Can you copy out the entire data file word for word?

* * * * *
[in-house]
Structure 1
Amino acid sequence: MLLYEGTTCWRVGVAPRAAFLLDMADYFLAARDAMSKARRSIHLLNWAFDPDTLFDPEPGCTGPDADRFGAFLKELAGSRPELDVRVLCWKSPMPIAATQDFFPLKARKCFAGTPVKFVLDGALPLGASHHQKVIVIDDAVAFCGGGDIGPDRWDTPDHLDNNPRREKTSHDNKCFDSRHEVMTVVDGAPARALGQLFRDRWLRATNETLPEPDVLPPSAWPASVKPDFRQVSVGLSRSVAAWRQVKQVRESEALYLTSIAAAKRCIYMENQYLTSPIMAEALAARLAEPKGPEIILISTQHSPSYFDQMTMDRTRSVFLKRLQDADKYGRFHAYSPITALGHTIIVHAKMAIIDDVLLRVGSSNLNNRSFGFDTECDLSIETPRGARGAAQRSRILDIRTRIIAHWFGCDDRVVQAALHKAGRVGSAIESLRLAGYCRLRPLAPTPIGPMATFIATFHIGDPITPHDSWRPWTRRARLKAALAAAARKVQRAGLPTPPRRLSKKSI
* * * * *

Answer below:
[in-house]
Structure 1
Amino acid sequence: MLLYEGTTCWRVGVAPRAAFLLDMADYFLAARDAMSKARRSIHLLNWAFDPDTLFDPEPGCTGPDADRFGAFLKELAGSRPELDVRVLCWKSPMPIAATQDFFPLKARKCFAGTPVKFVLDGALPLGASHHQKVIVIDDAVAFCGGGDIGPDRWDTPDHLDNNPRREKTSHDNKCFDSRHEVMTVVDGAPARALGQLFRDRWLRATNETLPEPDVLPPSAWPASVKPDFRQVSVGLSRSVAAWRQVKQVRESEALYLTSIAAAKRCIYMENQYLTSPIMAEALAARLAEPKGPEIILISTQHSPSYFDQMTMDRTRSVFLKRLQDADKYGRFHAYSPITALGHTIIVHAKMAIIDDVLLRVGSSNLNNRSFGFDTECDLSIETPRGARGAAQRSRILDIRTRIIAHWFGCDDRVVQAALHKAGRVGSAIESLRLAGYCRLRPLAPTPIGPMATFIATFHIGDPITPHDSWRPWTRRARLKAALAAAARKVQRAGLPTPPRRLSKKSI